Thursday, March 28, 2013

When a Grandparent has Alzheimer's: How to Explain Alzheimer's to Your Child

There really is no easy way to explain to your children how a patient with Alzheimer's acts. With your help, your children can begin to understand what's happening, and even play a role in maintaining the grandparent’s quality of life.

You can simply explain to your children that when people get older, they sometimes need help, because they can't get around very well, they get tired, and sometimes they get forgetful.

Having a grandparent with Alzheimer’s can be a difficult time for you and your child. Depending on how close the relationship between child and grandparent is, the child may feel saddened and may even feel a sense of loss or grief over seeing grandma or grandpa with such a devastating illness. Below are some ideas for what you can do to help:
  • Take the child to visit grandma or grandpa. For so long as your parent recognizes his or her family members, a visit with a grandchild can be one of the most rewarding times for someone with Alzheimer’s.  Don't overload your child or the grandparent. Limit your time for each visit; sometimes grandparents get tired more quickly than children.
  • Get your child to participate in the care giving. Getting grandma a glass of water or telling grandpa a story are all small things that will help both the child and the grandparent in a big way.
  • Be honest with your child. It's fine to tell them that the brain isn't functioning properly and that's why grandma or grandpa forgets. They don't require medical terms, statistics or treatments and procedures. Keep your answers short and simple.
Do you have a loved one who is suffering from Alzheimer’s? Persons with Alzheimer’s and their families face special legal and financial needs. At The Fairfax Elder Law Firm of Evan H. Farr, P.C. we are dedicated to easing the financial and emotional burden on those suffering from dementias such as Alzheimer’s, and their loved ones. If you have a loved one who is suffering from Alzheimer’s or any other type of dementia, we can help you prepare for your future financial and long-term care needs. We help protect the family’s hard-earned assets while maintaining your loved one’s comfort, dignity, and quality of life by ensuring eligibility for critical government benefits. Call us today at 703-691-1888 to make an appointment for an initial no-cost consultation.

Wednesday, March 27, 2013

Medicaid Eligibility- What You Can and Can’t Keep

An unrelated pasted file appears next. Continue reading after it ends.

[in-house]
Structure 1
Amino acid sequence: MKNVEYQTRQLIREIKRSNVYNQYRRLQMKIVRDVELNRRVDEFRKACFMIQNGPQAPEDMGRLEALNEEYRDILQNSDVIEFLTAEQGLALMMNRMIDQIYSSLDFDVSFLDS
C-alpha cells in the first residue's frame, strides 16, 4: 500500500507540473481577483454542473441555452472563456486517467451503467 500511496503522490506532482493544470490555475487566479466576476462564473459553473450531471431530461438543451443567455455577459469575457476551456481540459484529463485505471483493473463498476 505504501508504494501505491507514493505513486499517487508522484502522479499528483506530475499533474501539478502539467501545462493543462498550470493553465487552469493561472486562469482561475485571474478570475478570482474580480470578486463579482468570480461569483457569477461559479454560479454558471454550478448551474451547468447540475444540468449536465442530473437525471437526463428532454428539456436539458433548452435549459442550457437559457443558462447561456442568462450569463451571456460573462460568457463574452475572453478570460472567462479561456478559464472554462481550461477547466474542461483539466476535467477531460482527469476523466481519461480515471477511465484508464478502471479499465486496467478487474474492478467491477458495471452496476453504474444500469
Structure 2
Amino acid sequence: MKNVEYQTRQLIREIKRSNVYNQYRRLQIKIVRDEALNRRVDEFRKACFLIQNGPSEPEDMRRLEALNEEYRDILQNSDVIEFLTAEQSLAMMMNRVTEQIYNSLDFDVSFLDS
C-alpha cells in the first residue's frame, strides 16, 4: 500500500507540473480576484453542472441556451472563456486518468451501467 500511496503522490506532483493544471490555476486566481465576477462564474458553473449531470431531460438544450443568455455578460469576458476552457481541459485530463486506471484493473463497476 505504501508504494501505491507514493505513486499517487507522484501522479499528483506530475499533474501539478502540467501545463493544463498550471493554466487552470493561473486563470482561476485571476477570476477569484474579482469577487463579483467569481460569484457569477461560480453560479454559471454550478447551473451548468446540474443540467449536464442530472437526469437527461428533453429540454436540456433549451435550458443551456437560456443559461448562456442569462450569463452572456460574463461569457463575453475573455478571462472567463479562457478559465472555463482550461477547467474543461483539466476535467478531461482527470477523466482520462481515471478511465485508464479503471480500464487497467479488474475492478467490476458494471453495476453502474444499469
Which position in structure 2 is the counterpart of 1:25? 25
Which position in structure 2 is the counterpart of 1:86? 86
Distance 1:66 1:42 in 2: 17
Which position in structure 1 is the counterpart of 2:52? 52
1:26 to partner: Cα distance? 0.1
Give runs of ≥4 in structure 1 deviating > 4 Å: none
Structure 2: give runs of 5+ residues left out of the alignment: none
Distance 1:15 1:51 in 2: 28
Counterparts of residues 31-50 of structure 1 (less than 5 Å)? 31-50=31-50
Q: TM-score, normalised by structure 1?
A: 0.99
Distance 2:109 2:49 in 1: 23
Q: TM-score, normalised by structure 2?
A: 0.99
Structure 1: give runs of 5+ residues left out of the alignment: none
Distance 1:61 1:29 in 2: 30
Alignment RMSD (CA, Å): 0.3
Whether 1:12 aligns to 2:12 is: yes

In order to begin to understand Medicaid eligibility, you first need to understand how Medicaid will treat your assets.

When you apply for Medicaid benefits, your assets are placed into two categories: “exempt” and “non-exempt” assets. “Exempt” assets are those that the applicant is permitted to retain and still become eligible for Medicaid.  However, “non-exempt” assets will be counted as available to you and they will have to be “spent down,” or otherwise legally protected, before you will qualify for Medicaid.
In most instances the following assets are exempt:
  • Your home, as long as it is the principal place of residence for the applicant, his or her spouse, or a dependent child;
  • Household and personal belongings, such as furniture and appliances, clothing and personal effects, wedding and/or engagements rings
  • One automobile per household;
  •  Tools of a trade or occupation, and farm supplies, livestock and similar items in some restricted instances;
  • Term life insurance policies and group policies that have no cash surrender value;
  • A prepaid funeral and burial plan, if irrevocable;
  • A very limited amount of otherwise non-exempt assets, which most people choose to keep as money in a bank account. The applicant is allowed to keep resources up to a cash value of not greater than $2,000 in Virginia ($3,000 for a married couple where both spouses are applying for Medicaid). 
Non-exempt “countable” assets that will be counted against you in determining eligibility for Medicaid include just about everything else that you own, such as checking accounts, savings accounts, retirement accounts, certificates of deposit, money market accounts, stocks, mutual funds, boats, recreational vehicles, and more. While there are some minor exceptions to these rules, for the most part, all money and property, as well as any item that can be valued and turned into cash, is a countable asset.